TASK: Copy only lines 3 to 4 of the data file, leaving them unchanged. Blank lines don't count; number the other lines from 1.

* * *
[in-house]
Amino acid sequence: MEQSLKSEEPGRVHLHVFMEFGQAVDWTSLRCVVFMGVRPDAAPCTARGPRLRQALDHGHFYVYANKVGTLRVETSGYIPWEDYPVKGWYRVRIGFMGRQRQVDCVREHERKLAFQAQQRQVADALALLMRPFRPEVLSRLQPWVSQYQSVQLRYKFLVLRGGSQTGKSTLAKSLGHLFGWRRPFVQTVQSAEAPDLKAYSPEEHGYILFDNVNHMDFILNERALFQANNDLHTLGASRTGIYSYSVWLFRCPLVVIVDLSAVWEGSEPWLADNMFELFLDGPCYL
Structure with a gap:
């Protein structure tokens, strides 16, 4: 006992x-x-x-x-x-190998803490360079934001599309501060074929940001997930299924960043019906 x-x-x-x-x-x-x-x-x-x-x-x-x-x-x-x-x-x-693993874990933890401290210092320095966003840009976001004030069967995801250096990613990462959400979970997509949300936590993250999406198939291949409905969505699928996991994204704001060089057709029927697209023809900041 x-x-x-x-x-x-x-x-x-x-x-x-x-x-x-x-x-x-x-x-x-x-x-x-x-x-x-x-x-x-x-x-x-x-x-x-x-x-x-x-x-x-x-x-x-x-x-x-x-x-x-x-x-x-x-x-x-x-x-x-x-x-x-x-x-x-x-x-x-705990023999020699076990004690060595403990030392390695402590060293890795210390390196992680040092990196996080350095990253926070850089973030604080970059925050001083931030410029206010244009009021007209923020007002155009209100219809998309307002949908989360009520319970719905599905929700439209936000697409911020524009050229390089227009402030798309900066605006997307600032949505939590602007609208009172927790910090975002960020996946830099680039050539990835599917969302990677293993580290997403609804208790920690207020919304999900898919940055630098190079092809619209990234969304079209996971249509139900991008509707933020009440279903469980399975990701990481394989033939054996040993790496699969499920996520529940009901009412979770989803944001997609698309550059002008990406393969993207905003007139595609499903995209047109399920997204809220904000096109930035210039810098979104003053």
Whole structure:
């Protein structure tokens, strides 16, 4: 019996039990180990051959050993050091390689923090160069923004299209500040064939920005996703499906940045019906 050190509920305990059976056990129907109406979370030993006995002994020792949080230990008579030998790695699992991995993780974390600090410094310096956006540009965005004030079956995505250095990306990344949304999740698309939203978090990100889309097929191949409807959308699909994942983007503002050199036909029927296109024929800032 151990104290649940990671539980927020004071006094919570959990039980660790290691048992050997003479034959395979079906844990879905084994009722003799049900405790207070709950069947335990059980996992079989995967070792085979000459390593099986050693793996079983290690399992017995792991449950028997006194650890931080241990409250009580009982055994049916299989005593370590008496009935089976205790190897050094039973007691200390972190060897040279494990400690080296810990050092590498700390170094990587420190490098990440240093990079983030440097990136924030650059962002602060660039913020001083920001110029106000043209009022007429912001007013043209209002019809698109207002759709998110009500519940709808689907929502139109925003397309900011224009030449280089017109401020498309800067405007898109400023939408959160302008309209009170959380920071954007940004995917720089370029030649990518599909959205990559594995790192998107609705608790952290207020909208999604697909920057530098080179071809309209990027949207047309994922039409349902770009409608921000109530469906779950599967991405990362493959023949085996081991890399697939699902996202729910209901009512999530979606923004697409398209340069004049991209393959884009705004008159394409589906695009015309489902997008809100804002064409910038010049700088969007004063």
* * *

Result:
Structure with a gap:
């Protein structure tokens, strides 16, 4: 006992x-x-x-x-x-190998803490360079934001599309501060074929940001997930299924960043019906 x-x-x-x-x-x-x-x-x-x-x-x-x-x-x-x-x-x-693993874990933890401290210092320095966003840009976001004030069967995801250096990613990462959400979970997509949300936590993250999406198939291949409905969505699928996991994204704001060089057709029927697209023809900041 x-x-x-x-x-x-x-x-x-x-x-x-x-x-x-x-x-x-x-x-x-x-x-x-x-x-x-x-x-x-x-x-x-x-x-x-x-x-x-x-x-x-x-x-x-x-x-x-x-x-x-x-x-x-x-x-x-x-x-x-x-x-x-x-x-x-x-x-x-705990023999020699076990004690060595403990030392390695402590060293890795210390390196992680040092990196996080350095990253926070850089973030604080970059925050001083931030410029206010244009009021007209923020007002155009209100219809998309307002949908989360009520319970719905599905929700439209936000697409911020524009050229390089227009402030798309900066605006997307600032949505939590602007609208009172927790910090975002960020996946830099680039050539990835599917969302990677293993580290997403609804208790920690207020919304999900898919940055630098190079092809619209990234969304079209996971249509139900991008509707933020009440279903469980399975990701990481394989033939054996040993790496699969499920996520529940009901009412979770989803944001997609698309550059002008990406393969993207905003007139595609499903995209047109399920997204809220904000096109930035210039810098979104003053």